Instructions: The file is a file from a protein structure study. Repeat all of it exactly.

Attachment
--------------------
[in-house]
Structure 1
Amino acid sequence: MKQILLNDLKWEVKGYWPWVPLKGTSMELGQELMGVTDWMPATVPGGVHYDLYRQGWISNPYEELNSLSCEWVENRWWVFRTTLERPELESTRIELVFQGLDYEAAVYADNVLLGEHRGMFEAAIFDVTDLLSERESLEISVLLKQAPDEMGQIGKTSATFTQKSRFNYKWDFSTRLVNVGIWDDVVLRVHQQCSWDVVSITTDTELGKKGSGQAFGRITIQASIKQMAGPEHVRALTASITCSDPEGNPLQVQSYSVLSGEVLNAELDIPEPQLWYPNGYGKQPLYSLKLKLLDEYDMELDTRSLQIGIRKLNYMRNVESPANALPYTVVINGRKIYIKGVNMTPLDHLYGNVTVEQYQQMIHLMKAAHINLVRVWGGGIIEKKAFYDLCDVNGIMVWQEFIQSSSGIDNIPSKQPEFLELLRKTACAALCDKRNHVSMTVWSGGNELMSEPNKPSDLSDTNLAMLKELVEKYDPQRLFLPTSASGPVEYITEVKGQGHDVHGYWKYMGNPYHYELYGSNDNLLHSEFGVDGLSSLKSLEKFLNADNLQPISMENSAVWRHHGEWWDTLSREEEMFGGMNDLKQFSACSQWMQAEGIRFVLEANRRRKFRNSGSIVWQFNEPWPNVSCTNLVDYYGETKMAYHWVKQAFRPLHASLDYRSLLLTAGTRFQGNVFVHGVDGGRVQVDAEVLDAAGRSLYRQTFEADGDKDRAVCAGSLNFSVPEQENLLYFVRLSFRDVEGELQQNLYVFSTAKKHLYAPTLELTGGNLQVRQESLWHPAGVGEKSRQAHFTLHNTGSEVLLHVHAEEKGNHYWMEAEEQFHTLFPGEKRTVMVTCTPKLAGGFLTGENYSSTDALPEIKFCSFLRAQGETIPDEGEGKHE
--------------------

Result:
[in-house]
Structure 1
Amino acid sequence: MKQILLNDLKWEVKGYWPWVPLKGTSMELGQELMGVTDWMPATVPGGVHYDLYRQGWISNPYEELNSLSCEWVENRWWVFRTTLERPELESTRIELVFQGLDYEAAVYADNVLLGEHRGMFEAAIFDVTDLLSERESLEISVLLKQAPDEMGQIGKTSATFTQKSRFNYKWDFSTRLVNVGIWDDVVLRVHQQCSWDVVSITTDTELGKKGSGQAFGRITIQASIKQMAGPEHVRALTASITCSDPEGNPLQVQSYSVLSGEVLNAELDIPEPQLWYPNGYGKQPLYSLKLKLLDEYDMELDTRSLQIGIRKLNYMRNVESPANALPYTVVINGRKIYIKGVNMTPLDHLYGNVTVEQYQQMIHLMKAAHINLVRVWGGGIIEKKAFYDLCDVNGIMVWQEFIQSSSGIDNIPSKQPEFLELLRKTACAALCDKRNHVSMTVWSGGNELMSEPNKPSDLSDTNLAMLKELVEKYDPQRLFLPTSASGPVEYITEVKGQGHDVHGYWKYMGNPYHYELYGSNDNLLHSEFGVDGLSSLKSLEKFLNADNLQPISMENSAVWRHHGEWWDTLSREEEMFGGMNDLKQFSACSQWMQAEGIRFVLEANRRRKFRNSGSIVWQFNEPWPNVSCTNLVDYYGETKMAYHWVKQAFRPLHASLDYRSLLLTAGTRFQGNVFVHGVDGGRVQVDAEVLDAAGRSLYRQTFEADGDKDRAVCAGSLNFSVPEQENLLYFVRLSFRDVEGELQQNLYVFSTAKKHLYAPTLELTGGNLQVRQESLWHPAGVGEKSRQAHFTLHNTGSEVLLHVHAEEKGNHYWMEAEEQFHTLFPGEKRTVMVTCTPKLAGGFLTGENYSSTDALPEIKFCSFLRAQGETIPDEGEGKHE